Another weighted two-piece, Piña Barware bills its shakers as ergonomically correct and built specifically for use in the commercial service industry.

Bartenders warn that the Piña shakers are a bit larger and heavier than most other brands, so be prepared to build your biceps.


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4. Mixing Tin Set

Also a weighted tin-on-tin style, bartenders described this Boston-made workhorse as particularly durable.

“They have a solid, continuous weld all around the base [that’s] still very discrete, as opposed to the standard 3- 4- or 5-point welding that most others have,” says Miguel Lancha, cocktail innovator at ThinkFoodGroup in Washington, D.C.

“I prefer the Twelve24, for seal, durability and size,” says Phoebe Esmon, partner at Spirit Animal Beverage Solutions in Asheville, North Carolina.


$17 Twelve24

5. Tattoo Weighted Tin On Tin Shaker

The tattoo pattern line, made with food-safe black ink, adds personality to barware, including shakers.

“There are three things I look for in a shaker: aesthetics, weight and function,” says Chockie Tom, founder of the Doom Tiki pop-up in New York City and London. “My favorite[s] are the tattoo and matte black. Additionally, the octagonal shakers have been key for the cocktail development I do, especially as someone with grip [strength] issues occasionally due to long Covid. It’s easier to grip, and I’ve recommended them to arthritic cocktail enthusiasts as well.”


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6. Heavyweight Cocktail Shakers

“Viski’s Boston shaker is my current go-to for most consulting jobs and events,” says Kristine Bocchino, U.S. and European beverage consultant in Los Angeles and Milan, and former beverage director for Four Seasons hotels. “They also make a great, affordable starter set.”

Started by self-described “home mixology enthusiasts,” Viski specializes in decorative barware, including whimsical shakers shaped like penguins and rocket ships.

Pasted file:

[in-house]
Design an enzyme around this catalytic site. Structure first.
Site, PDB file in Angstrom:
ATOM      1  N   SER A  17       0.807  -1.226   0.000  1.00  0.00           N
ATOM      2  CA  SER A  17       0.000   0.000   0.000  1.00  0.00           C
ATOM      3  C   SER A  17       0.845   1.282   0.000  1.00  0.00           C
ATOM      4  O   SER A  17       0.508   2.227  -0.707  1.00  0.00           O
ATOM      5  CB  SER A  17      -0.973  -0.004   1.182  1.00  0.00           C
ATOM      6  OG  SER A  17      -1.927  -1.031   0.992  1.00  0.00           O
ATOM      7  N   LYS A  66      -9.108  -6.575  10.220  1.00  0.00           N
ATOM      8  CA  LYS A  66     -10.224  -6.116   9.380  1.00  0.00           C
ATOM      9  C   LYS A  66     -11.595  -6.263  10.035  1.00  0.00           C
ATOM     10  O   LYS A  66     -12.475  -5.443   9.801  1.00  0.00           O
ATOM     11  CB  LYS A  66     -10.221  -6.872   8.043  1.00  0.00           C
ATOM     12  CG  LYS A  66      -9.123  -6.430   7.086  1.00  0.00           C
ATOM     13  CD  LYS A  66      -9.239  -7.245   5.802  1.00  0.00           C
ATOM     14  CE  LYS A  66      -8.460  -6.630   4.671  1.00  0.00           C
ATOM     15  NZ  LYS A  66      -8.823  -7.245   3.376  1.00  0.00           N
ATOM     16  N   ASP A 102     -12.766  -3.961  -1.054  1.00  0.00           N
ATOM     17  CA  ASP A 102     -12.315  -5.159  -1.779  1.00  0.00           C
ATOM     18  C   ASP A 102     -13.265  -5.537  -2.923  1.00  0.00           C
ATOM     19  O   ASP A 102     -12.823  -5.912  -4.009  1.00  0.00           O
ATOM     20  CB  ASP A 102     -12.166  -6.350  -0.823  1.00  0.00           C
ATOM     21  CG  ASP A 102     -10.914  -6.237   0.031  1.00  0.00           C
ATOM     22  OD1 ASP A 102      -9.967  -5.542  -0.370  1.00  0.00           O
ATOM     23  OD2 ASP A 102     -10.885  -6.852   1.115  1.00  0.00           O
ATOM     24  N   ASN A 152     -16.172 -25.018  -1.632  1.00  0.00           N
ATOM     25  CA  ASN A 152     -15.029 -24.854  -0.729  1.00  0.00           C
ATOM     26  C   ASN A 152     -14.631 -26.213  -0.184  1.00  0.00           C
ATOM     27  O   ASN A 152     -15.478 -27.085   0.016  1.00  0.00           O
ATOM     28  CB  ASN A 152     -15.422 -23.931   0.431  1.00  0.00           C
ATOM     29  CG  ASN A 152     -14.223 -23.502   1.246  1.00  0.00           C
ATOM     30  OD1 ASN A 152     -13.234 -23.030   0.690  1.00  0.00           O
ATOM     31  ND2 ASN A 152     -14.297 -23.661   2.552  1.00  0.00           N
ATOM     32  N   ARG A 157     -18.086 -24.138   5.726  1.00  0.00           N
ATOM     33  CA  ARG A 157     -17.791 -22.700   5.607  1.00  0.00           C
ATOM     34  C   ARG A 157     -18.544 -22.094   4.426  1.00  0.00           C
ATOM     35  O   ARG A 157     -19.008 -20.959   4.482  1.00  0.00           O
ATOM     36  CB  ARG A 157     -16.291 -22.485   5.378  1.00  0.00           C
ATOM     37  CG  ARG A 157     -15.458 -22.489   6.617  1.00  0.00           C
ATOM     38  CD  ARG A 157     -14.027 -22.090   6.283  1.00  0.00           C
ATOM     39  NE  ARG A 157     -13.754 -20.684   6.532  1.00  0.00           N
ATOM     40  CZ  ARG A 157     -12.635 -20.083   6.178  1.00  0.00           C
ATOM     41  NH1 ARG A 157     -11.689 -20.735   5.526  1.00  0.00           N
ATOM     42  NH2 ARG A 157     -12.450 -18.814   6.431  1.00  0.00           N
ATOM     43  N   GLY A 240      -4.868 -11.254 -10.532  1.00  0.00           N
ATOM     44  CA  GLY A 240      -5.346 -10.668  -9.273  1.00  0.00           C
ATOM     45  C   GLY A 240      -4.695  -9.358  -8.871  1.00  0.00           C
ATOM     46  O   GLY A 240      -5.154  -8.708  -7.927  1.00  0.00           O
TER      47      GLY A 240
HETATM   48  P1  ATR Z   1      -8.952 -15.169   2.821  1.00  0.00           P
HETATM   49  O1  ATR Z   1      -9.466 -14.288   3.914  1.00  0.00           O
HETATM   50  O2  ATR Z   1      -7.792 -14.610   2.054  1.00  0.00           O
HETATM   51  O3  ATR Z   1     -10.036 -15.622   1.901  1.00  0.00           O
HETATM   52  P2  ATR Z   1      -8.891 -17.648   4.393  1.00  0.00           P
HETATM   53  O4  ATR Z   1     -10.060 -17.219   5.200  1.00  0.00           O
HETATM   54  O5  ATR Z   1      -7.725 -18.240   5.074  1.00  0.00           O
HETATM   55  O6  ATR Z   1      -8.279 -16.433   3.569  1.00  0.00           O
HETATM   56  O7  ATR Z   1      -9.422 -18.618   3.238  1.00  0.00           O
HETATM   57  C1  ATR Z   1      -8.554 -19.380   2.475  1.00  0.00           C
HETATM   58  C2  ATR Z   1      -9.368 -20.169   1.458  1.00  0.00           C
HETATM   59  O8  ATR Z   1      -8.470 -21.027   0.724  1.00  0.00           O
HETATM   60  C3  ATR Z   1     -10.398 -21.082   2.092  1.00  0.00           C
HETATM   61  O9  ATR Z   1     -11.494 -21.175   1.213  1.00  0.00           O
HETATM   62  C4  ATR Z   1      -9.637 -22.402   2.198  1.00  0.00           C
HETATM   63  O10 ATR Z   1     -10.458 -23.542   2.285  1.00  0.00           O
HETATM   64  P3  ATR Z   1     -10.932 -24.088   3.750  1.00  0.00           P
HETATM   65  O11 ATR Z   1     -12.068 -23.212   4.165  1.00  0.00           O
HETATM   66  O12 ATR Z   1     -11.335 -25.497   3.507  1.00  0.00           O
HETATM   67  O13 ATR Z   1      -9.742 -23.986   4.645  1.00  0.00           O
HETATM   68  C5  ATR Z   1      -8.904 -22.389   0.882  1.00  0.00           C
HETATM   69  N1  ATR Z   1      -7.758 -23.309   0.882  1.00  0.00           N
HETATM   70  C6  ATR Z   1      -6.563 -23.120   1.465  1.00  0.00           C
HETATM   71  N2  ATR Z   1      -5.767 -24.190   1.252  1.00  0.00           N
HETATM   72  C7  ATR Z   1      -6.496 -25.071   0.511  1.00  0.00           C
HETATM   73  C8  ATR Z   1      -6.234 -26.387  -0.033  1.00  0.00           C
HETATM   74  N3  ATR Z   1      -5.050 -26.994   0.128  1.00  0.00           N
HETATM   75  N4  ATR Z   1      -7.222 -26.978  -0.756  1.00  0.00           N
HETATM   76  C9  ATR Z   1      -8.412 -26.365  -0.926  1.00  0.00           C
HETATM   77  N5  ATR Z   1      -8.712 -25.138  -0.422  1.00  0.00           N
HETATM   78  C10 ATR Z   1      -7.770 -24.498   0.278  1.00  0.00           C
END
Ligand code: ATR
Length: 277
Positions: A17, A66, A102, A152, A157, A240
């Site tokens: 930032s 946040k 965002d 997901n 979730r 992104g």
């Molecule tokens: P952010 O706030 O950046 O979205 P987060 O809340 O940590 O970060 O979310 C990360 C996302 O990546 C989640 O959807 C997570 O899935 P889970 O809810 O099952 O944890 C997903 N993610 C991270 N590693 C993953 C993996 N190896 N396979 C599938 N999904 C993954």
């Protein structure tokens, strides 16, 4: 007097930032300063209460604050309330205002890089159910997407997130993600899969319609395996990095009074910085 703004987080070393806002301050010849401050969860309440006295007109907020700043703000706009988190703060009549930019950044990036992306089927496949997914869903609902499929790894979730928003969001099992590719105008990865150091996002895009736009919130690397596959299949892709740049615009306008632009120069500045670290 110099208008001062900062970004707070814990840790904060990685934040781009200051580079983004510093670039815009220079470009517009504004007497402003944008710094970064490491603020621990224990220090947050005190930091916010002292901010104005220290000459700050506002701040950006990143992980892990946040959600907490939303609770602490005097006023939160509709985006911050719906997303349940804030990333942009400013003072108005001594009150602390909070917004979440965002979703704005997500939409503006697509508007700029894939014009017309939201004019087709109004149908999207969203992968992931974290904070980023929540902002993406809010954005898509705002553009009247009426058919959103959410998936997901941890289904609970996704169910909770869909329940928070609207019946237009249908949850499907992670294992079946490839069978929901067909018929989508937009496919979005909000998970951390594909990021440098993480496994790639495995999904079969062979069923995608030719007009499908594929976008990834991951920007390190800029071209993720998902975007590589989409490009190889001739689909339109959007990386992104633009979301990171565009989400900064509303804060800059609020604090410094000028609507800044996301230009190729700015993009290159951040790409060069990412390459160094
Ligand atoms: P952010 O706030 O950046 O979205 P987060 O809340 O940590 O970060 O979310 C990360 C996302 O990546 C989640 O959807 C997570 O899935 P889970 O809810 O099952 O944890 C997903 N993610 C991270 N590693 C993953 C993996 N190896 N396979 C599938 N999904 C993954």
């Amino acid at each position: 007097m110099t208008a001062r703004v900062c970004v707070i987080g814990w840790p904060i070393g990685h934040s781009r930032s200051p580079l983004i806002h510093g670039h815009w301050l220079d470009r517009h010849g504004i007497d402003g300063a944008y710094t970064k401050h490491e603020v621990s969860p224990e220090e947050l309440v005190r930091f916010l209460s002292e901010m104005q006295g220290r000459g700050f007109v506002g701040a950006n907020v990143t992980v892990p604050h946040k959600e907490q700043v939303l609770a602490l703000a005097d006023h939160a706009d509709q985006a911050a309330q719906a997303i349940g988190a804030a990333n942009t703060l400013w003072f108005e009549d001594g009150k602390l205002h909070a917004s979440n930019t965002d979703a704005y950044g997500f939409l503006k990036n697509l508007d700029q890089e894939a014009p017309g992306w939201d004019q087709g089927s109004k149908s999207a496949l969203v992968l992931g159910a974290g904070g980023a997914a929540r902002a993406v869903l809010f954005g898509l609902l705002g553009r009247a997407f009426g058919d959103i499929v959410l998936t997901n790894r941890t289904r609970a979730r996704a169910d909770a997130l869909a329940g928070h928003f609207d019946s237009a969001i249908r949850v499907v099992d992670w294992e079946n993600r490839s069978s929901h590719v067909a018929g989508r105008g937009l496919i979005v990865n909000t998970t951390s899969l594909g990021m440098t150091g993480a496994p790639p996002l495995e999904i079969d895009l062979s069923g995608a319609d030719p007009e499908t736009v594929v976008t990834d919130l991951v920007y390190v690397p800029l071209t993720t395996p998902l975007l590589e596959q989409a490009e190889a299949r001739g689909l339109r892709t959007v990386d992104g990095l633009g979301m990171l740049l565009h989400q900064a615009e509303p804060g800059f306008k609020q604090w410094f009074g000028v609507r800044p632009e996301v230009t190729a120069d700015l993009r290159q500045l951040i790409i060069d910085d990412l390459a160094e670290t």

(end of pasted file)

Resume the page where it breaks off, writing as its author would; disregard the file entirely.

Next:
$ Varies Viski

7. Double Wall Shaker

A small but vocal group of bartenders embraces the Parisian style for its ability to mix multiple drinks in style, so this is ideal for those who like to entertain.

“Williams Sonoma has this really cool double-walled Parisian style shaker,” says Shannon Mustipher, spirits educator and consultant in New York City. “I just love the shape for shaking a batch of martinis in one go, because of the capacity of it. They look really beautiful, but it’s practical at the same time.”


$47–$60 Williams Sonoma

8. Stainless Steel Cobbler Shaker

Since the three-piece shaker was popularized by Japanese bartenders, it makes sense that Yukiwa, a producer from Japan, also was highlighted. Some pros also use Yukiwa’s two-piece sets.

“When I discovered the tin-on-tin Yukiwa, it was a revelation,” says Julian de Féral, an international cocktail consultant based in London. “They are sturdy, with no give at all, and they fit together like a dream. I also like that they have no seam, so less place for grime to hide. The finishes are also lovely—the matte finish I chose really stands out as a point of difference on a bar. The downside is that they are several times more expensive than Korikos; however, I see them as a lifetime investment.”


$42 MTC Kitchen


Published on November 1, 2021
Topics: Handpicked